Washington City Paper


Dec. 27, 2002-
Jan. 9, 2003


Arts in Review 2002

Film
Arion Berger
Mark Jenkins
Tricia Olszewski
Joel E. Siegel

Music
Andrew Beaujon
Brent Burton
Sean Daly
John Murph
Christopher Porter
Joe Warminsky

Theater
Bob Mondello

Visual Arts
Glenn Dixon
Louis Jacobson

CP Top 20
of 2002


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CPArts

Arts in Review 2002 — R&B

Rhythm of Life

By John Murph

Is there still a message in the music of R&B? Well, if you were looking for one in the mainstream over the past year, you were hard-pressed to find much beyond sappy love songs and sexed-up braggadocio. Sure, you might have heard an obligatory 9/11 tribute or two, but for the most part mainstream R&B just kept on with the same boilerplate beats (most of which were supplied by the ubiquitous Neptunes) and lowest-common-denominator lyrics. Although the major labels do release a decent record once in a while despite themselves, the R&B fan who refuses to be satisfied by mediocrity has no choice but to turn to the indies. Below is some of this year's best R&B in which high artistic standards--both musical and lyrical--outweighed commercial pandering:

1. Instant Vintage, Raphael Saadiq Singer, bassist, and producer Saadiq labeled his music "gospeldelic" rather than neo soul, and with this master stroke of a solo debut, he more than justifies the necessity of the moniker. Borrowing from five decades of black music history--from doo-wop all the way to hiphop--Saadiq balances sexed-up joints such as "Body Parts" and "Excuse Me" with stirring sociopolitical cuts such as the autobiographical "Uptown" and the urgent "People," resulting in modern R&B of the highest order.

2. Cookie: The Anthropological Mixtape, Meshell Ndegeocello Right from the opening line--"You sell your soul/Like you sell a piece of ass"--it's evident that singer-songwriter/bassist Ndegeocello isn't gunning for mainstream success. Intermixing funk, jazz, hiphop, and vintage spoken-word vignettes, Cookie could have been a mess in less talented hands. But in Ndegeocello's, it's a stroke of mad, uncompromising genius.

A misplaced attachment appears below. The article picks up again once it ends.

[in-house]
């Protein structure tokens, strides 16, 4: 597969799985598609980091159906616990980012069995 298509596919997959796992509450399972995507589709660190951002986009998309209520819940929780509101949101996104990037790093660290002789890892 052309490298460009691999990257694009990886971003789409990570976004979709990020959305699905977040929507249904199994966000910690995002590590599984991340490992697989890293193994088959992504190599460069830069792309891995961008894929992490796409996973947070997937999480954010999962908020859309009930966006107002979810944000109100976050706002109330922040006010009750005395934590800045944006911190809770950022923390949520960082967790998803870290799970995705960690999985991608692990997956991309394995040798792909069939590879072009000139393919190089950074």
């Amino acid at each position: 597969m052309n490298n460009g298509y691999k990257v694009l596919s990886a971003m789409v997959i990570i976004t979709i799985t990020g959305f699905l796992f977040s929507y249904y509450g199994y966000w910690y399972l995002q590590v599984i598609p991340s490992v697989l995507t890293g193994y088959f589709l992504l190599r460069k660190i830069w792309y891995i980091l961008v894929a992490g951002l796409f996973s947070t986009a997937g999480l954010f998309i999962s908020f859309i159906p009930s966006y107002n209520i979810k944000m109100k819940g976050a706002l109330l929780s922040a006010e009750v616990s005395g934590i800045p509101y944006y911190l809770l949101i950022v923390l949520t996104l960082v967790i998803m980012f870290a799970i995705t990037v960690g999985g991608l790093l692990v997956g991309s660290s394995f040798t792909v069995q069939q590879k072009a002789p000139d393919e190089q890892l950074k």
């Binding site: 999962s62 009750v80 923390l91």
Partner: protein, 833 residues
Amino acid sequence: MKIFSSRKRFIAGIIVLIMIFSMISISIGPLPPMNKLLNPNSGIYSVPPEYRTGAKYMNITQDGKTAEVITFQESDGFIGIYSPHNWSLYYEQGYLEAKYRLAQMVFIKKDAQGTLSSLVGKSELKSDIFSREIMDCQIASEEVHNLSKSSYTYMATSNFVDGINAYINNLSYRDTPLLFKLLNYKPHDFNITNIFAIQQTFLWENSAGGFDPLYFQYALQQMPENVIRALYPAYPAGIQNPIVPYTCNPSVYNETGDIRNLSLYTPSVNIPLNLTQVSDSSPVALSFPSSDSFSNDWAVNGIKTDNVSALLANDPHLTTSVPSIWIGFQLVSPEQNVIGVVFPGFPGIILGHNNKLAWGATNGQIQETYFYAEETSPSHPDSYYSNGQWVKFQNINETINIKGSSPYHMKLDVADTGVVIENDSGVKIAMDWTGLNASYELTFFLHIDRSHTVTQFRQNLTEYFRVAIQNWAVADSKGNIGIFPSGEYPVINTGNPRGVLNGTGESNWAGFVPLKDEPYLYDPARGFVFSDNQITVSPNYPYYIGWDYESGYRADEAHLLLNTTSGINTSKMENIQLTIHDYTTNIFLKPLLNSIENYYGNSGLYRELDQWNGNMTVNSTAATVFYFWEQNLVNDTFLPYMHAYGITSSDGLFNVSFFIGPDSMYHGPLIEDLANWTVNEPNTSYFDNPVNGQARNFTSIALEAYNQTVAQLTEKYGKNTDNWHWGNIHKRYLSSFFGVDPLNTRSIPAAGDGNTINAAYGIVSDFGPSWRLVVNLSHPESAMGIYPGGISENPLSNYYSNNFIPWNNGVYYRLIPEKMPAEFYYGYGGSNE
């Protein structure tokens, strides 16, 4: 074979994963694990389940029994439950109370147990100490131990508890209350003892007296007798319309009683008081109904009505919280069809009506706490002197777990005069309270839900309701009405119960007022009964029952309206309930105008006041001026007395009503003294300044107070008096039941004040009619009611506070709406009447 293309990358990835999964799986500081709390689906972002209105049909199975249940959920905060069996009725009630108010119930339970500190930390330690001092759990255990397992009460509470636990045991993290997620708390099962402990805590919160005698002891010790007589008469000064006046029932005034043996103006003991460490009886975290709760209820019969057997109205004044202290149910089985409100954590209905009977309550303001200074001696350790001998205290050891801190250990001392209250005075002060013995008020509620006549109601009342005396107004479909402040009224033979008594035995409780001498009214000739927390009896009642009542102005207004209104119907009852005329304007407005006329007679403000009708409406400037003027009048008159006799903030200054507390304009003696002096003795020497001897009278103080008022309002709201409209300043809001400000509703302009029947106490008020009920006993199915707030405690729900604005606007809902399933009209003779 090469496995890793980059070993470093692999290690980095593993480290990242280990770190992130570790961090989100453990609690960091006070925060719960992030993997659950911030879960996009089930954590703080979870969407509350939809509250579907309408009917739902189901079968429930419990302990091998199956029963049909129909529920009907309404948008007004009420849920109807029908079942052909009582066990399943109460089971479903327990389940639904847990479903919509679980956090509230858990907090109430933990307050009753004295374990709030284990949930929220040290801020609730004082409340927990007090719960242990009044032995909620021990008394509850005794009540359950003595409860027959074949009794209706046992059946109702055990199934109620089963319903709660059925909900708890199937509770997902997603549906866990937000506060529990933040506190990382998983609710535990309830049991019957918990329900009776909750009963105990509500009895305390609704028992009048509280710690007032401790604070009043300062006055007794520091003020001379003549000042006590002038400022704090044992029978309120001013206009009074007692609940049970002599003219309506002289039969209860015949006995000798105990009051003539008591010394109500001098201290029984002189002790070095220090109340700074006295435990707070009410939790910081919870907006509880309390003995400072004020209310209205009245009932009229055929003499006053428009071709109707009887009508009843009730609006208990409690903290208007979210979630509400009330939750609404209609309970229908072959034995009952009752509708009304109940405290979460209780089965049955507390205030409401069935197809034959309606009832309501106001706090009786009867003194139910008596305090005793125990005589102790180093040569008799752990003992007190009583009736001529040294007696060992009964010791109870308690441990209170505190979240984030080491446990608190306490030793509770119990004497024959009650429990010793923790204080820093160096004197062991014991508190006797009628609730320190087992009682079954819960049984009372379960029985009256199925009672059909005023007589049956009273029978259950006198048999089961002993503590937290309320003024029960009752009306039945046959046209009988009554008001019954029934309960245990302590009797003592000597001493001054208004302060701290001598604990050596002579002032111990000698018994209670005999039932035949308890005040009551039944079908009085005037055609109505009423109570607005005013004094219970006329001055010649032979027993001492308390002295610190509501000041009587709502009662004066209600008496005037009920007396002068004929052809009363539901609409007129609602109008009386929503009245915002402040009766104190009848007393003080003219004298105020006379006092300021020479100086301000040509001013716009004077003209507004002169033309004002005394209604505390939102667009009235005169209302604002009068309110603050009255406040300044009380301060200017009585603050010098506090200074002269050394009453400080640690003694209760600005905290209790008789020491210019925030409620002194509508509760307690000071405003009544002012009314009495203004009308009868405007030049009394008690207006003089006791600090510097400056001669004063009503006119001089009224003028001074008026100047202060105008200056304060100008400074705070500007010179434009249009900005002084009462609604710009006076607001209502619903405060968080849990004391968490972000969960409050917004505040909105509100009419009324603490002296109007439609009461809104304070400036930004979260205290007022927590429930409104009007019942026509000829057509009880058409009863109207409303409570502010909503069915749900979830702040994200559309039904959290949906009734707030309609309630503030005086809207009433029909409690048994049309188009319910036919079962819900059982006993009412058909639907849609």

3. The Colored Section, Donnie OK, Donnie's fetishes for Stevie Wonder and Donny Hathaway are a bit distracting. But The Colored Section nevertheless manages to transcend its obvious influences. Maybe that's because Donnie pairs his passionate wail with insightful examinations of black consumerism ("Big Black Buck"), hair politics ("Cloud 9"), and metaphysics ("Masterplan"). He even delivers an inspired post-9/11 dance-floor groove, "Our New National Anthem," making his debut full-length one of the most beautifully optimistic R&B discs to drop in ages.

4. Spiritually Speaking, Blaze Spiritually Speaking sounds as if it had been made during the twilight between late-Saturday-night clubbing and early-Sunday-morning church service. On this brilliant CD, the duo of Kevin Hedge and Josh Milan fights for the soul of house music as if their lives depended on it.

5. Red Hot + Riot, Various Artists The Red Hot Organization does it again with another magnificent all-star benefit/tribute CD, this time focusing on the AIDS crises in Africa and the late Afrobeat originator Fela Anikulapo Kuti. Dead Prez, D'Angelo, Wunmi, and others give it up in a manner totally befitting the Nigerian government's biggest pain in the ass.

6. Star Kitty's Revenge, Joi After a long absence from the music scene, Joi returns with a third album that plays out like an updated soundtrack to Looking for Mr. Goodbar. She sings of a scuzzy world of deadly liaisons, chemical addictions, and pimp-and-prostitute relations with the conviction of Mahalia Jackson singing the Lord's Prayer.

7. Episodes in Color, Monday Michiru The daughter of a sax player and a pianist, Michiru, although hardly known in the United States, is a formidable and ubiquitous force on the international jazz and R&B scenes. On this CD, which features heavyweight jazz players such as guitarists Adam Rogers and Dave Gilmore, saxophonists Seamus Blake and Donny McCaslin, and pianist David Kikoski, she turns in her finest effort yet. Against haunting string arrangements that recall the influential work of Charles Stepheny, Michiru waxes soulful about family values ("Generations"), inner peace ("Mysteries of Life"), and global politics ("Talk"), resulting in a disc that is destined to be a cult classic.

8. Diverse, Joseph Malik A young male R&B singer who isn't trying to sound like Stevie, Marvin, or Michael is always welcome. With echoes of Curtis Mayfield, Bill Withers, and Horace Andy, Malik sings of parental abandonment ("Mother's Son"), spiritual deliverance ("As I Rise"), and psychological disorientation ("I Am Drifting") amid evocative soundscapes of jangly acoustic guitars, spacey keyboard effects, Afro-Brazilian percussion, and deep-house beats.

9. In Between, Jazzanova As producers, the members of this Berlin-based sextet are at the top of their game, creating mind-boggling epics from what seem to be millions of tiny samples. On In Between, high-profile guests (Ursula Rucker, Vikter Duplaix, Doug Hammond) and improvisations on various genres (jazz, hiphop, R&B, broken beat) resulted in a near-perfect deep-house soundtrack to 2002.

10. Beautiful Tomorrow, Blue Six Like a new pair of Diesel jeans, Beautiful Tomorrow makes you feel sexier just by putting it on. Producer Jay Denes creates spacious sonic spaces in which silken-voiced chanteuses Lisa Shaw, Catherine Russell, and Monique Bringham transport you to a world filled with beauty, romance, and a little danger. On first listen, it all sounds too stylized for its own good, but through hooky songcraft and emotional-independence-themed lyrics, Denes & Co. manage to imbue their record with some real substance.

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